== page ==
The stars of the Linux world



It is the mother of most Linux distros (~70%). It is the top Linux distro used. It is also the mother of Ubuntu, of which I don’t know how many distros are based on. It is the perfect choice for servers and workstations. Extremely stable, and perfect by all means. Only that it is slightly complicated to use, as are many (not most) Linux distros. Ticks all boxes. Just you need to be bit proficient at using Linux.

Uses DEB package format.




The child of Debian, now under Canonical Ltd. It uses Unity interface right now, and has just ditched the obsolete Ubuntu Software Center and ads. Since it is part of a commercial company, the privacy concerns have increased. It’s popularity knows no bounds. Second to Debian only. Point and click… dead simple to use.

Uses DEB package format.

NOTE: Nearly 20% Debian packages DO NOT WORK in Ubuntu, even though it is a child of Debian.


Linux Mint


It is identical to Ubuntu in every way. It’s just that it is more user friendly and more refined Ubuntu. That means stability at the cost of bleeding edge updates.

Uses DEB package format.


Red Hat Enterprise Linux (RHEL)


It is a mother of many distros just like Debian (though lesser). It was born end-1994. It is targeted at enterprises, workstations and commercial users, hence a less common one amongst ordinary users.

Uses RPM package format.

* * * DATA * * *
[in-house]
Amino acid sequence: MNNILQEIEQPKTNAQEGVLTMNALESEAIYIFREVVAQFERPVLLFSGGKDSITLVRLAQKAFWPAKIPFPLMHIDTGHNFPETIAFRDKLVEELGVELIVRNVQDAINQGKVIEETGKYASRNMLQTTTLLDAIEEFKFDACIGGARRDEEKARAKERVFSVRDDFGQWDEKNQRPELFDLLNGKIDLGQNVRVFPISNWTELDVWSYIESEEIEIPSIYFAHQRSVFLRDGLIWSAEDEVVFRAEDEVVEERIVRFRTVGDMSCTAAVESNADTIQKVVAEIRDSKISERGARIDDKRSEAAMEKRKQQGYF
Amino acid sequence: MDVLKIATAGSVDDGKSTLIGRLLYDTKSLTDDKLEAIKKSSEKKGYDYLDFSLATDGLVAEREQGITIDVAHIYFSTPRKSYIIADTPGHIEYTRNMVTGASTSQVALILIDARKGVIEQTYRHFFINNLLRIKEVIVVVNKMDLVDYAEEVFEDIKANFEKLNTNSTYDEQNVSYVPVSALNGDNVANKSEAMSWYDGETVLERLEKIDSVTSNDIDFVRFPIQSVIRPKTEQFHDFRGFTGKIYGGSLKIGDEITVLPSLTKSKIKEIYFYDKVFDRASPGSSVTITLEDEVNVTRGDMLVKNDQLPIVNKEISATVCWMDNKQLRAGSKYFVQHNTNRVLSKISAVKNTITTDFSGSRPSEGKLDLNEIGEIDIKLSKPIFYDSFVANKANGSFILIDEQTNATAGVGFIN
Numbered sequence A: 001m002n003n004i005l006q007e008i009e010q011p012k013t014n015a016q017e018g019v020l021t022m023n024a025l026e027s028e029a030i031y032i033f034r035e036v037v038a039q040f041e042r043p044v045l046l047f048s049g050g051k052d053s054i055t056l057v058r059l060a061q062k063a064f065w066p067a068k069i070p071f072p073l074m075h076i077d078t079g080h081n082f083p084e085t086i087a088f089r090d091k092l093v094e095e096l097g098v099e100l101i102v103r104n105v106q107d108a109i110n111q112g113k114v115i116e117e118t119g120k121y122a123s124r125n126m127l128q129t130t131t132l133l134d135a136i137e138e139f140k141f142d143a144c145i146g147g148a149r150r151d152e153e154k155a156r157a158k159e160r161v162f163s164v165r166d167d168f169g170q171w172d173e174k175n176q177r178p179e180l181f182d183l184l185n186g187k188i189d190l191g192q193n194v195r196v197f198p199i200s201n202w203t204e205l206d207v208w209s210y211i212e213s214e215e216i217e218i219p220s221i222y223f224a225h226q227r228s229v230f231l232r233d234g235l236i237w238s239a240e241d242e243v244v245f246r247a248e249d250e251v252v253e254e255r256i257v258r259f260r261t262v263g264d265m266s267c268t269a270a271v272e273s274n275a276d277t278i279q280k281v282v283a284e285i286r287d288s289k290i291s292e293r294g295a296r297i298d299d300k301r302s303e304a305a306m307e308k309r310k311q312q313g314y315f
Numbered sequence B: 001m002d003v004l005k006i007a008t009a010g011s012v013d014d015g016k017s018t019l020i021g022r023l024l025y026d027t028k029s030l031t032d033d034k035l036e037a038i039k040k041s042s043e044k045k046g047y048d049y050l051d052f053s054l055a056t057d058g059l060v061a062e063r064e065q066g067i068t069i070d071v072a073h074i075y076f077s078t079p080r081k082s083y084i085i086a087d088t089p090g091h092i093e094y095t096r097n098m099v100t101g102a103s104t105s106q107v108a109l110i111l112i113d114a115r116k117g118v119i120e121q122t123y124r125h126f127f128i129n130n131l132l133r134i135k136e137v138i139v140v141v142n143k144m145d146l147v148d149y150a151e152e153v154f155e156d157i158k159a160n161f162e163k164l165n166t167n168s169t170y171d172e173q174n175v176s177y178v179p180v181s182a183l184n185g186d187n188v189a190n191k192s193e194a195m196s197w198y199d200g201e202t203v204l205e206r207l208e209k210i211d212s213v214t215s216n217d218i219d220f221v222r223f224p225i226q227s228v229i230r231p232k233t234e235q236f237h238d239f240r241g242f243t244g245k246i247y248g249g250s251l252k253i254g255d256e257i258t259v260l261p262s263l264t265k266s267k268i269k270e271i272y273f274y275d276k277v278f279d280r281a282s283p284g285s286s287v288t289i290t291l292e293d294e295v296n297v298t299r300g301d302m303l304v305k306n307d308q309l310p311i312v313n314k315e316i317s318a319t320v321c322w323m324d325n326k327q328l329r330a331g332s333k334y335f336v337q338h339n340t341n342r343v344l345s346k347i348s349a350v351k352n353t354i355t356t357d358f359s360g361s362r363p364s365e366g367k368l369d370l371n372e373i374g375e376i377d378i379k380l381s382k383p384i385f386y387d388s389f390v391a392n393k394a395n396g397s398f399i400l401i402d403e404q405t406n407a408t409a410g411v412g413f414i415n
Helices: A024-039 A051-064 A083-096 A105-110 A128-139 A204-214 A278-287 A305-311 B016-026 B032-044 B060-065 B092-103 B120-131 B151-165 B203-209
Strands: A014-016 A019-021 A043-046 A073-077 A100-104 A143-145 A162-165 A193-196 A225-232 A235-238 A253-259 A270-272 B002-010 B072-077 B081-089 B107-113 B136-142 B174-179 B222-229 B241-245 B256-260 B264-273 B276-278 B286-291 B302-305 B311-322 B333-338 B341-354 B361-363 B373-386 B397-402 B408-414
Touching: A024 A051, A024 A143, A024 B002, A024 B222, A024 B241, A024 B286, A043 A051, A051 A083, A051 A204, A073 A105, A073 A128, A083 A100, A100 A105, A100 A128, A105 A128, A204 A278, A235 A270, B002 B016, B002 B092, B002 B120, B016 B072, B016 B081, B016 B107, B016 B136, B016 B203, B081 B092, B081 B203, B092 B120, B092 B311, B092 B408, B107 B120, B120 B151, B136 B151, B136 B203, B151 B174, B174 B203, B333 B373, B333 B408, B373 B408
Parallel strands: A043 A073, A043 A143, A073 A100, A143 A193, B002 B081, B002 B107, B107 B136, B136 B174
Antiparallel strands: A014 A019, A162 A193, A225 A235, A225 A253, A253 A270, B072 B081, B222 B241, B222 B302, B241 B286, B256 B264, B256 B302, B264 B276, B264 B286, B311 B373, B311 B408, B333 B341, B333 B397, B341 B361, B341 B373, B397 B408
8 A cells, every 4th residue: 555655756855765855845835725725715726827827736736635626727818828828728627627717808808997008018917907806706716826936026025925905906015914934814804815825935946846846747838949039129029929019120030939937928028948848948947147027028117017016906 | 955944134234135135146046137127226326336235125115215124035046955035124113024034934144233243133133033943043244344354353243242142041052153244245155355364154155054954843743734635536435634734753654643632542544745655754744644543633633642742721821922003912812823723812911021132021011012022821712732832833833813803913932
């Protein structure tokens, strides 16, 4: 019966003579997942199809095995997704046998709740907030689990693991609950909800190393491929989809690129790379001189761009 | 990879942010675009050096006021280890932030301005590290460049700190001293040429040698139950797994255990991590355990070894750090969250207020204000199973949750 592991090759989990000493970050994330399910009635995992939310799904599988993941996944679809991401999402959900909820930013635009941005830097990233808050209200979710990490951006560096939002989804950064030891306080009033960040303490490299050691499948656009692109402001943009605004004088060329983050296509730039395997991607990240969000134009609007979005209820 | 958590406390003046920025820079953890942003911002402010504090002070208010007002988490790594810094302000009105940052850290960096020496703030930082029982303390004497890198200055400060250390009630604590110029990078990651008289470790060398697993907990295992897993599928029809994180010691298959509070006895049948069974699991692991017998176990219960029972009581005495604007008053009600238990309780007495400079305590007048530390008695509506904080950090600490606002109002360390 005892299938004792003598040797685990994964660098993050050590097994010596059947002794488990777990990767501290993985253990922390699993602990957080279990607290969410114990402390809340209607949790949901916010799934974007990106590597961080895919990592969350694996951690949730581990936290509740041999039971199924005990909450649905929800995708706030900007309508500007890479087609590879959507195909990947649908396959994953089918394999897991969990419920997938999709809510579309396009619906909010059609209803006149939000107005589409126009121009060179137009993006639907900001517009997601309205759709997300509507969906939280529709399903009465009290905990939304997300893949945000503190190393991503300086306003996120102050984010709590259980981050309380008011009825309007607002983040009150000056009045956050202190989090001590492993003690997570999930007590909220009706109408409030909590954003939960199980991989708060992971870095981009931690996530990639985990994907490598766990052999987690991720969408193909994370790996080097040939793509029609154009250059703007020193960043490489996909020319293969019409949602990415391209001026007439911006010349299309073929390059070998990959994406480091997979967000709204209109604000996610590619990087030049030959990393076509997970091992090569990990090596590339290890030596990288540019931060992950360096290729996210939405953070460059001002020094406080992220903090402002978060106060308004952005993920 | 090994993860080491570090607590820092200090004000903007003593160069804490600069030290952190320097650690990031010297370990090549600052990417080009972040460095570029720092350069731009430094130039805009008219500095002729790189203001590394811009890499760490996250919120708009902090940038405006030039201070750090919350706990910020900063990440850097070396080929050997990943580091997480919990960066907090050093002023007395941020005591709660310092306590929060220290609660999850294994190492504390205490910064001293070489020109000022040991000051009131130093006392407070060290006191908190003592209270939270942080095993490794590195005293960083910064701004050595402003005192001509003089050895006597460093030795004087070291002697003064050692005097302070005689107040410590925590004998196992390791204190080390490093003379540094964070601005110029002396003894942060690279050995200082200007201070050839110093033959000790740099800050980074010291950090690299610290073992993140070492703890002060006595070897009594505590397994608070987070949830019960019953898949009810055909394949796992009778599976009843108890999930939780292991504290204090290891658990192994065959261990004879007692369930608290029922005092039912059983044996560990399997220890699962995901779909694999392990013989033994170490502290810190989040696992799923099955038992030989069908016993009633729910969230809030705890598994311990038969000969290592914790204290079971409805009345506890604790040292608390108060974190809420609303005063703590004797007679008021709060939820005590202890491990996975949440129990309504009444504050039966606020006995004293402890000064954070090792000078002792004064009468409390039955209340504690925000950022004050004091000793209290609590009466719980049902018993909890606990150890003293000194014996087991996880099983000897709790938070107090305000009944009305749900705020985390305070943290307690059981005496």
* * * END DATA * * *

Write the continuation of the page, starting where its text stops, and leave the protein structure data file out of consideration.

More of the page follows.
It is the child of Red Hat distro. A popular distro, it is used on all computers of the Linux creator Linus Torvalds himself. Offers many desktop environments, depending on scientific, gaming or other use.

Uses RPM package format.




One of the three biggies, just like Debian and Red Hat. Though it is important to mention that it is a child of SLS (1992), bit older than Debian (1993). Provides simplicity, while being powerful enough for the likes of workstations and servers. Targeted at servers I guess. Does not come in GNOME flavour, but in KDE and Xfce flavours.

Uses TGZ (TAR.GZ) and TXZ (TAR.XZ) package formats.




Born out of SUSE in end-2004, it is often touted as one of the best distros for mature Linux users. It is targeted at server and workstation use. A fierce competitor to Debian and Ubuntu.

Uses RPM package format.


SUSE Linux Enterprise (SLE)


This is a child of SUSE which was based on Slackware down the timeline. Top-class distro for enterprises.

Uses RPM package format.


Arch Linux


One distro that holds its own against the competition. It seems to keep its edge over the others in all terms. Except that it uses a different package manager that goes by the name “pacman” and does not use the traditional DEB or RPM formats. It is tougher to use than the ones known for being difficult to use. You must be a pro at Linux to squeeze the potential out of it.

It is basically a barebones setup which you will transform into something you want. No presets.. sorry! For preset distros, others like Mint look upon you.

Uses “pacman” package manager.




It is basically a free RHEL clone. Being a community-based distro, it gives a tough fight to Debian but eventually falls out. Depends whether user prioritises Debian or Red Hat.